What are the main arguments of Christian theodicy?

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Theodicy is a term that stems from the Greek words "theos" (god) and "dike" (justice), which together concern the vindication of divine goodness and providence in view of the existence of evil. This theological concept is particularly significant in Christianity, where the omnipotence and omnibenevolence of God are central tenets. Christian theodicy seeks to answer a pressing question that challenges believers and skeptics alike: If God is all-good and all-powerful, why does He allow evil and suffering in the world?

1. Free Will Defense

One of the most influential arguments in Christian theodicy is the Free Will Defense. This argument asserts that God, in His omnipotence and omnibenevolence, created humans with free will to choose between good and evil. This capacity for free choice is what makes true love and genuine moral actions possible. If God were to coerce virtue, human actions would not be morally meaningful. The philosopher Alvin Plantinga has been a prominent proponent of this defense, arguing that "God cannot eliminate much of the world's evil without thereby eliminating the greater goods of human freedom and moral development" (Plantinga, 1974).

The biblical foundation for this argument can be seen in Genesis 2:16-17, where God commands Adam not to eat from the tree of knowledge of good and evil, thereby setting the stage for human free will. The Apostle Paul reflects on this in Romans 8:20-21, suggesting that creation was subjected to frustration, not by its own choice, but by the will of the one who subjected it, in hope that it will be liberated from its bondage to decay.

2. Soul-Making Theodicy

Another significant approach within Christian theodicy is the Soul-Making Theodicy, proposed by John Hick. This argument suggests that God allows evil and suffering in the world as a means to develop souls, improving and perfecting them through overcoming adversity. Hick draws on the biblical narrative of Job and the teachings of Jesus about the value of perseverance (James 1:2-4). The idea is that life’s trials and tribulations are not pointless but serve a greater purpose in contributing to the formation of a virtuous character, akin to refining gold through fire (1 Peter 1:6-7).

Hick argues that a world devoid of any challenges would be one devoid of growth, learning, and moral development. Therefore, the existence of evil is seen as an integral part of God’s plan for a morally rich and valuable world where free beings can grow towards a closer relationship with Him.

3. Eschatological Theodicy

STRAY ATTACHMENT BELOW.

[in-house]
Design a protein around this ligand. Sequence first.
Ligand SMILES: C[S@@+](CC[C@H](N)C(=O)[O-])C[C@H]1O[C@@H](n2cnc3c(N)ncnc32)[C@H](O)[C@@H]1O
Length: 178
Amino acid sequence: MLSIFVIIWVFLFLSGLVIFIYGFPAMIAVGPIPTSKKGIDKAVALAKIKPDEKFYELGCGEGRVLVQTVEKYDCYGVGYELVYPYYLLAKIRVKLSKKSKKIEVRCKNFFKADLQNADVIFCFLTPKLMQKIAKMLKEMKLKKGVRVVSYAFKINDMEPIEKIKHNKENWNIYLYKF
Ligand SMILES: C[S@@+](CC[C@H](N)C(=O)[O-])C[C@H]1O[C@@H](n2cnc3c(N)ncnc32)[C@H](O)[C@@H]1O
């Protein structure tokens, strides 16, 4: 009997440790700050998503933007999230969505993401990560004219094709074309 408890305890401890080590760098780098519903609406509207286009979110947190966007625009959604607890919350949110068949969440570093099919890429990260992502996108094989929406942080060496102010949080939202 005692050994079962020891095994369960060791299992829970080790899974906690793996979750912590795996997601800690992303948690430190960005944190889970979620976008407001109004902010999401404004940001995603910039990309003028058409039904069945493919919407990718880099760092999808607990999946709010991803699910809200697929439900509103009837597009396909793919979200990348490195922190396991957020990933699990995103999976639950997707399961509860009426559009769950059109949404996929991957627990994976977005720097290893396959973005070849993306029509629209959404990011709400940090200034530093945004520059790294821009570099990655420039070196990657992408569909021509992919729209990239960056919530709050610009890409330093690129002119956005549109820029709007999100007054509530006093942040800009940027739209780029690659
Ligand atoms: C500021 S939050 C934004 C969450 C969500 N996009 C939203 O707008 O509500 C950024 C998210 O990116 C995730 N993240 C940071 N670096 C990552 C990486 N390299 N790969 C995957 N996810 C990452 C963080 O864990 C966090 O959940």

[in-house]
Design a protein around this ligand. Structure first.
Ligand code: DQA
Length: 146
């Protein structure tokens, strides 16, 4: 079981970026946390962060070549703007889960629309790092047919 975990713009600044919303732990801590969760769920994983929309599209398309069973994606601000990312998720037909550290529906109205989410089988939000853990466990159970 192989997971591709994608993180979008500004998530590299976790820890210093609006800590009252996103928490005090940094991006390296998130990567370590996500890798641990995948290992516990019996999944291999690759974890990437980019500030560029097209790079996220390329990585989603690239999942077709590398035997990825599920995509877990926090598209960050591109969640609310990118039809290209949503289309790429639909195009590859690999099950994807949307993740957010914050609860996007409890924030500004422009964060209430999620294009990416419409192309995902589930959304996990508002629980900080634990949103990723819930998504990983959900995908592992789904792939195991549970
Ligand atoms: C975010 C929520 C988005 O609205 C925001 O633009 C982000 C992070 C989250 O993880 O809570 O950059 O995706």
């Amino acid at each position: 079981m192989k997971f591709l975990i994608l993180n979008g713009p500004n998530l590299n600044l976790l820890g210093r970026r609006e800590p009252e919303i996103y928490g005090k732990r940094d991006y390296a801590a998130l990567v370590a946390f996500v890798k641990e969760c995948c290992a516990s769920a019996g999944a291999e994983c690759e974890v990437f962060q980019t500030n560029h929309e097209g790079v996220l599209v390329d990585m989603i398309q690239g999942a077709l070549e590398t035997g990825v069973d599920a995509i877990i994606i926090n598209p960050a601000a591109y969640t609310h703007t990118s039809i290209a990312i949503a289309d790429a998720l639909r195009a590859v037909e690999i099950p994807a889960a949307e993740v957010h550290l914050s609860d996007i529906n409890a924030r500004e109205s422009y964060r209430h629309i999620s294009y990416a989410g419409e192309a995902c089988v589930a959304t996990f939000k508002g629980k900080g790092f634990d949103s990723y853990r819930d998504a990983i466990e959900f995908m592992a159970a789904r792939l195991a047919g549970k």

Eschatological Theodicy looks to the end times for its justification of the presence of evil in the world. This perspective holds that all suffering and evil will ultimately be made right at the final judgment and the establishment of a new heaven and a new earth (Revelation 21:1-4). In this new creation, God will wipe away every tear, and death, mourning, crying, and pain will be no more.

This view does not necessarily explain why evil exists in the first place but offers a future hope where the justice of God is fully realized, affirming the ultimate goodness and justice of God. It reassures believers that their suffering is not in vain and encourages them to maintain faith and patience, trusting in God’s ultimate plan for humanity.

4. The Limitations of Human Understanding

A more humble approach to theodicy acknowledges the limitations of human understanding in comprehending divine purposes. This argument suggests that human beings, in their finite wisdom, cannot fully grasp the infinite wisdom of God. The Book of Isaiah reminds us that "For my thoughts are not your thoughts, neither are your ways my ways," declares the LORD. "As the heavens are higher than the earth, so are my ways higher than your ways and my thoughts than your thoughts" (Isaiah 55:8-9).

This perspective encourages trust in God’s goodness and justice, even in the absence of clear answers. It calls for faith that God has morally sufficient reasons for allowing evil and suffering, even if these reasons are beyond human comprehension.


In conclusion, Christian theodicy offers multiple explanations for the presence of evil and suffering in the world, each contributing to a richer understanding of divine providence and justice. Whether through the lens of free will, soul-making, eschatological promise, or the acknowledgment of our limited understanding, these theodicies provide a framework for believers to reconcile the existence of evil with the character of an all-good, all-powerful God. While these answers may not completely satisfy every skeptic, they offer substantial grounds for faith and hope, affirming that in God’s realm, even the darkest moments have their place in a larger divine narrative.

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